To verify the effects of compost-based substrates on plant biomass production and leaf gas exchanges, 200 uniform, rooted cuttings of Cornus alba 'Elegantissima' and 200 of Acer campestre 'Elsrijk' were potted in 3-1 containers using three different media (in volume). Treatments included: a) compost 1 (20% peat moss, 40% of composted yardwaste, 40% of pumice); b) compost 2 (40% peat moss, 30% of composted yardwaste, 30% pumice); c) compost 3 (40% peat moss, 20% of raw fiber, 40% pumice); 4) control (60% peat moss, 40% pumice). The effect of the different substrates was species-specific. No differences were found in terms of biomass production after two years of cultivation in both species, while some differences were found in the first year with plants grown in uncomposted raw-fiber showing less growth. Leaf gas exchanges were not influenced in Acer campestre plants in the first year, while in the second year, substrate 3 showed lower Pn and evaporation rate. No appreciable differences were detected in Cornus plants. The study shows that it is possible to use compost-based substrates in container nursery production without negative effects on plant biomass accumulation and leaf gas exchanges.

Effect of compost-based substrates on growth and leaf physiology of Acer campestre and Cornus alba potted plants / Ferrini, F.*; Nicese, F.P.. - In: ADVANCES IN HORTICULTURAL SCIENCE. - ISSN 0394-6169. - STAMPA. - 19:(2005), pp. 76-80.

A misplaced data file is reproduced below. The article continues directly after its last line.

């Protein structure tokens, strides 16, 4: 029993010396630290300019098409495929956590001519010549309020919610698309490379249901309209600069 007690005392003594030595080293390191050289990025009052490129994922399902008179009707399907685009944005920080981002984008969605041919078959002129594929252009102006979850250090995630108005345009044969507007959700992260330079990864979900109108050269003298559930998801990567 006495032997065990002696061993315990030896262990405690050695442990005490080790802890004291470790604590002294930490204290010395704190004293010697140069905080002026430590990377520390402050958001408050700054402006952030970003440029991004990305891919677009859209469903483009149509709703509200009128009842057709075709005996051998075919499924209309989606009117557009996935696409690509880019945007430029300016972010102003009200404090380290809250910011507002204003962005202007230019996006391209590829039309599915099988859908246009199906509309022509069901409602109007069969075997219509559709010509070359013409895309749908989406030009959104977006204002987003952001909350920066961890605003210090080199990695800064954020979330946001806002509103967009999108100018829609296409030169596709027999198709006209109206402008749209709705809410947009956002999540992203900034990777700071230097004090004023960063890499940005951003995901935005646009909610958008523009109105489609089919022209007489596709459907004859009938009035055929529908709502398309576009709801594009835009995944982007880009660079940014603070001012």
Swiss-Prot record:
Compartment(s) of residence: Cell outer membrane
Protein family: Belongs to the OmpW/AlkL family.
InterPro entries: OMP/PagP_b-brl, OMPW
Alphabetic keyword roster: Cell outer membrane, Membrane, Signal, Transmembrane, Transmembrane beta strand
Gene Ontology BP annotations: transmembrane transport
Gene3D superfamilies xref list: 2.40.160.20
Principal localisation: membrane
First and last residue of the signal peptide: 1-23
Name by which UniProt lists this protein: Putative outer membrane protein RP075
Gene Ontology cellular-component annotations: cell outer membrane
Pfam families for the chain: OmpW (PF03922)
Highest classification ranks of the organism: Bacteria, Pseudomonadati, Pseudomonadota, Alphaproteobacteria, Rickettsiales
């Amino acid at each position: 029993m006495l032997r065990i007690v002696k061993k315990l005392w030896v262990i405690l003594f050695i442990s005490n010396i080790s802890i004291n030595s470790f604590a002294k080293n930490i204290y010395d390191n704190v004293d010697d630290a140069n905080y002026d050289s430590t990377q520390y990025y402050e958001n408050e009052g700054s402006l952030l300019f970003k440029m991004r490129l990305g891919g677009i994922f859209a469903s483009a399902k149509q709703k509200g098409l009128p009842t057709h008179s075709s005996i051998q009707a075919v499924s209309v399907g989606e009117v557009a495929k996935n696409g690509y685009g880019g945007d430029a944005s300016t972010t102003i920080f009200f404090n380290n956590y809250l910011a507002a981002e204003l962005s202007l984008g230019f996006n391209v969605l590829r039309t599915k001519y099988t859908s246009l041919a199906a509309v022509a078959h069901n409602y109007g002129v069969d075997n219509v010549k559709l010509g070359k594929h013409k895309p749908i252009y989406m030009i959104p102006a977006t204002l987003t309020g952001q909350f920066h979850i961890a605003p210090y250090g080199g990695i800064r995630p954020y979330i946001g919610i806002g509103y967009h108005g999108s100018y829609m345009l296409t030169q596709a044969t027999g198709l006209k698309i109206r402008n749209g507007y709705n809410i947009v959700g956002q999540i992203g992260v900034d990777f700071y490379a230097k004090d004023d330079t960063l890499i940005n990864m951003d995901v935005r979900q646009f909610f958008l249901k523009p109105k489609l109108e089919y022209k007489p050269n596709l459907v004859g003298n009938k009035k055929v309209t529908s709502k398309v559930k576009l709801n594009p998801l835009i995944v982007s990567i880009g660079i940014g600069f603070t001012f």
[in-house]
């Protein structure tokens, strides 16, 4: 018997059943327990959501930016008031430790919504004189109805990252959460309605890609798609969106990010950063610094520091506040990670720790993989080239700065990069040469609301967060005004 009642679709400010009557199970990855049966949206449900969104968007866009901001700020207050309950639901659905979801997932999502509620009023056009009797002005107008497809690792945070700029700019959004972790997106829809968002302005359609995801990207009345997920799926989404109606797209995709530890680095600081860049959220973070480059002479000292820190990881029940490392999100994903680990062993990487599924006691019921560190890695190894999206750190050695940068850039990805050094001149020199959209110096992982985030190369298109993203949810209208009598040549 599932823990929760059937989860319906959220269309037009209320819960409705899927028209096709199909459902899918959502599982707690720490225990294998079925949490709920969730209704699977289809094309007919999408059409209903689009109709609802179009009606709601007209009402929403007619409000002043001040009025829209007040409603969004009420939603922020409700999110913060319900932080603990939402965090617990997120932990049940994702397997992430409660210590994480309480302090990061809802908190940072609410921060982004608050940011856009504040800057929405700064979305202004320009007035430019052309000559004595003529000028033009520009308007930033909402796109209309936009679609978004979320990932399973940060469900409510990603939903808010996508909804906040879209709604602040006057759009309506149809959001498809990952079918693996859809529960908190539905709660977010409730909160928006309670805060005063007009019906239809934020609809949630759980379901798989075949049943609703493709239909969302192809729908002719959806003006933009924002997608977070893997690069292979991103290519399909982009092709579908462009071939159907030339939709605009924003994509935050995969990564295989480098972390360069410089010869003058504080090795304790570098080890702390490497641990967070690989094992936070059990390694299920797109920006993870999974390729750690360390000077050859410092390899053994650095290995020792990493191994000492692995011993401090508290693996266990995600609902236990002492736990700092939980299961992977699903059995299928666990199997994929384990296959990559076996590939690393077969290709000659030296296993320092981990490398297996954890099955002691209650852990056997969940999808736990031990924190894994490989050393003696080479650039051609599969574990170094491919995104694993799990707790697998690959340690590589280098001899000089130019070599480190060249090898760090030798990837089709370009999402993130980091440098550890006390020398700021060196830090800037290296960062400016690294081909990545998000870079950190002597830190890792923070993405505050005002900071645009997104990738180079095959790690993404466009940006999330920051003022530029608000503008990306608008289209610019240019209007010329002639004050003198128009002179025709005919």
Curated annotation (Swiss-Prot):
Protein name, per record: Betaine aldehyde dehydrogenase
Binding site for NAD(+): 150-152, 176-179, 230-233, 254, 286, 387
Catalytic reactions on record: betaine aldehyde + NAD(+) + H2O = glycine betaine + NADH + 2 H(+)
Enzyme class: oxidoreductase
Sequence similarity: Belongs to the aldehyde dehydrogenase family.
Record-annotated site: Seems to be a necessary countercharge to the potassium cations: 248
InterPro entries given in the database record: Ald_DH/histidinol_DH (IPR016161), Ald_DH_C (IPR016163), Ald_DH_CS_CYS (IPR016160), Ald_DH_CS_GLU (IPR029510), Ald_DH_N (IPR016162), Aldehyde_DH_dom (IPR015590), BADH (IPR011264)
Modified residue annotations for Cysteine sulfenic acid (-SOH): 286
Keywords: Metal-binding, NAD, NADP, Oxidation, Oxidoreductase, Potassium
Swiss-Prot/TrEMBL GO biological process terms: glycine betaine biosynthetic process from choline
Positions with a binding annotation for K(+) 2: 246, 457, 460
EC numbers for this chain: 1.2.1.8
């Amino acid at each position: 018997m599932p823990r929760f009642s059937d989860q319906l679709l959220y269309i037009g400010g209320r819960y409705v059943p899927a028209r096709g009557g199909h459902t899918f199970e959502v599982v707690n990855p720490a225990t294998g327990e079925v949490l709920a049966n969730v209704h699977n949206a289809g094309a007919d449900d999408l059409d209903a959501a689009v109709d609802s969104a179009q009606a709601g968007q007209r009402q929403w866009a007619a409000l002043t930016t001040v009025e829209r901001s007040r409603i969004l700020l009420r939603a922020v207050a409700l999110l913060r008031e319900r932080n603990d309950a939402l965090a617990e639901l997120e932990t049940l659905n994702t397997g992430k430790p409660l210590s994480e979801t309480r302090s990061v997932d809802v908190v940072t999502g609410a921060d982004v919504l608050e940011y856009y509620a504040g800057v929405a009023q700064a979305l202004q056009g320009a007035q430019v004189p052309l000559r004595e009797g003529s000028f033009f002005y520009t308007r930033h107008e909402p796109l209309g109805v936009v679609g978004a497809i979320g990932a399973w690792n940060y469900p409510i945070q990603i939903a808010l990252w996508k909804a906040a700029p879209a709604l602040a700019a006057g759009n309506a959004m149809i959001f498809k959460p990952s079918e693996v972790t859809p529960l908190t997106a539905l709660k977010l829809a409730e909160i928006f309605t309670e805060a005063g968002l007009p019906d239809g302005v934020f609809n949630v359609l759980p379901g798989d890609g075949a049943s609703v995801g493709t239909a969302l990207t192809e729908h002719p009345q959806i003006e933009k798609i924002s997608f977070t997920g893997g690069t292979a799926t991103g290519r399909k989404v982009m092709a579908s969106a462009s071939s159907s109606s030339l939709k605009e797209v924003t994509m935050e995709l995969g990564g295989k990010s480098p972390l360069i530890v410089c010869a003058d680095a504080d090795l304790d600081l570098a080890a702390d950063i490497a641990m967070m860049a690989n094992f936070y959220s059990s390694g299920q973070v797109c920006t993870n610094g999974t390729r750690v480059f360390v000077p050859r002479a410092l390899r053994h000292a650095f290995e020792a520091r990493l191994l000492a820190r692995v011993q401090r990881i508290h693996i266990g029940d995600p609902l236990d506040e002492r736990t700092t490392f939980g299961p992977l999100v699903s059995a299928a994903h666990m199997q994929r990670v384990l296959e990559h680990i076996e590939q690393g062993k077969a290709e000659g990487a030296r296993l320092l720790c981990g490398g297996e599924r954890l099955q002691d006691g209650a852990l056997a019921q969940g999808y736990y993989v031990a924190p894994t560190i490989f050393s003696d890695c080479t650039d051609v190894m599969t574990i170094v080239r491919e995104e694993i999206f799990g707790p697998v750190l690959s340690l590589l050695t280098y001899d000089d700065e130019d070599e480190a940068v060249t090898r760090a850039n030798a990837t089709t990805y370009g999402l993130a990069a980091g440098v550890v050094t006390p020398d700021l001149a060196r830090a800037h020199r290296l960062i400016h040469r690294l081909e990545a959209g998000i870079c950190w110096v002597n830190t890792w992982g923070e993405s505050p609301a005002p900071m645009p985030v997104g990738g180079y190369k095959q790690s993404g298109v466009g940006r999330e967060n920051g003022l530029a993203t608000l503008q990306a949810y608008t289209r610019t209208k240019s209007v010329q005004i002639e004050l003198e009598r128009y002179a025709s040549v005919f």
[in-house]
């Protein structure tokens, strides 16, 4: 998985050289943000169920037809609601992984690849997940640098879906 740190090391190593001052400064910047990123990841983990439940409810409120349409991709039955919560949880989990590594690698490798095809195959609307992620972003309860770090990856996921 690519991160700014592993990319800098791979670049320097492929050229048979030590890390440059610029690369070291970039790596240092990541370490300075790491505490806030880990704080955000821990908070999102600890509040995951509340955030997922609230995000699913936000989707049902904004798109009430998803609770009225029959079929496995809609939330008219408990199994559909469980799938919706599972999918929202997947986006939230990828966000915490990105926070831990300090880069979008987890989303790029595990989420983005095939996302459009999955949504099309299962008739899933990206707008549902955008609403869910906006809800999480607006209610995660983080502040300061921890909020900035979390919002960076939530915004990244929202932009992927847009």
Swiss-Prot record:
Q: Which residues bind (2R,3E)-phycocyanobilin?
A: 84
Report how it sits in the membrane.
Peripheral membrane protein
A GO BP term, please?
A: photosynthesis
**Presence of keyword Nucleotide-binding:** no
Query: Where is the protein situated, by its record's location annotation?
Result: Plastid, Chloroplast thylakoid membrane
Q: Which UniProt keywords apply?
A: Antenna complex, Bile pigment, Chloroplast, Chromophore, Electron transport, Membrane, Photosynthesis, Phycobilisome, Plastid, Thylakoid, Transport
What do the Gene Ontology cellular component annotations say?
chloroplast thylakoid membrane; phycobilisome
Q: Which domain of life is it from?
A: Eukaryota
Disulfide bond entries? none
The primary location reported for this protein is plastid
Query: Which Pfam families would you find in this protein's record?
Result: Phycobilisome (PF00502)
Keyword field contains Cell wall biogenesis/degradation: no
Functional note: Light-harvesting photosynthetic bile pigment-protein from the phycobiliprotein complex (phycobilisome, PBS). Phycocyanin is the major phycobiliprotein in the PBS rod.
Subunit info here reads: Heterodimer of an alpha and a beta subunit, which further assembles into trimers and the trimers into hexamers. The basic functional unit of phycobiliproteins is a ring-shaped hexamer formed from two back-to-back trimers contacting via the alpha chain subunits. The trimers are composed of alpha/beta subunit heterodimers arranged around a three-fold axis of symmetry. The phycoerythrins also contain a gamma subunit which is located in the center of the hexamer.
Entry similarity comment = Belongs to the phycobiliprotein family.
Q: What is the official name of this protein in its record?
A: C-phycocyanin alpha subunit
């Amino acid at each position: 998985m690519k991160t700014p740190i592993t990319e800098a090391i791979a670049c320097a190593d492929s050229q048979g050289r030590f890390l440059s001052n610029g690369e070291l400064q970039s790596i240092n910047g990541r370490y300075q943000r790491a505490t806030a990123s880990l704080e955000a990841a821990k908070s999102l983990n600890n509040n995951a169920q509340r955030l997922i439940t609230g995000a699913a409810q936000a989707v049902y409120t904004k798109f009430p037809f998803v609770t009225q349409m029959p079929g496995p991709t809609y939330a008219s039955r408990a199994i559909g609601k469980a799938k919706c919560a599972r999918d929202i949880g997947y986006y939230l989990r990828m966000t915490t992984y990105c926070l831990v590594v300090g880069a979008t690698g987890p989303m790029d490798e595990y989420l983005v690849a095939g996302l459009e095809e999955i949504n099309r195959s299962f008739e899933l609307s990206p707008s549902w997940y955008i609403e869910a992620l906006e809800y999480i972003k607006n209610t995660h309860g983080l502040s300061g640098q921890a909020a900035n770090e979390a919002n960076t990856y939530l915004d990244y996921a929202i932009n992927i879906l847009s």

Effect of compost-based substrates on growth and leaf physiology of Acer campestre and Cornus alba potted plants

Ferrini, F.;Nicese, F. P.
2005

Abstract

To verify the effects of compost-based substrates on plant biomass production and leaf gas exchanges, 200 uniform, rooted cuttings of Cornus alba 'Elegantissima' and 200 of Acer campestre 'Elsrijk' were potted in 3-1 containers using three different media (in volume). Treatments included: a) compost 1 (20% peat moss, 40% of composted yardwaste, 40% of pumice); b) compost 2 (40% peat moss, 30% of composted yardwaste, 30% pumice); c) compost 3 (40% peat moss, 20% of raw fiber, 40% pumice); 4) control (60% peat moss, 40% pumice). The effect of the different substrates was species-specific. No differences were found in terms of biomass production after two years of cultivation in both species, while some differences were found in the first year with plants grown in uncomposted raw-fiber showing less growth. Leaf gas exchanges were not influenced in Acer campestre plants in the first year, while in the second year, substrate 3 showed lower Pn and evaporation rate. No appreciable differences were detected in Cornus plants. The study shows that it is possible to use compost-based substrates in container nursery production without negative effects on plant biomass accumulation and leaf gas exchanges.
19
76
80
Ferrini, F.*; Nicese, F.P.
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Utilizza questo identificativo per citare o creare un link a questo documento: https://hdl.handle.net/2158/1116586
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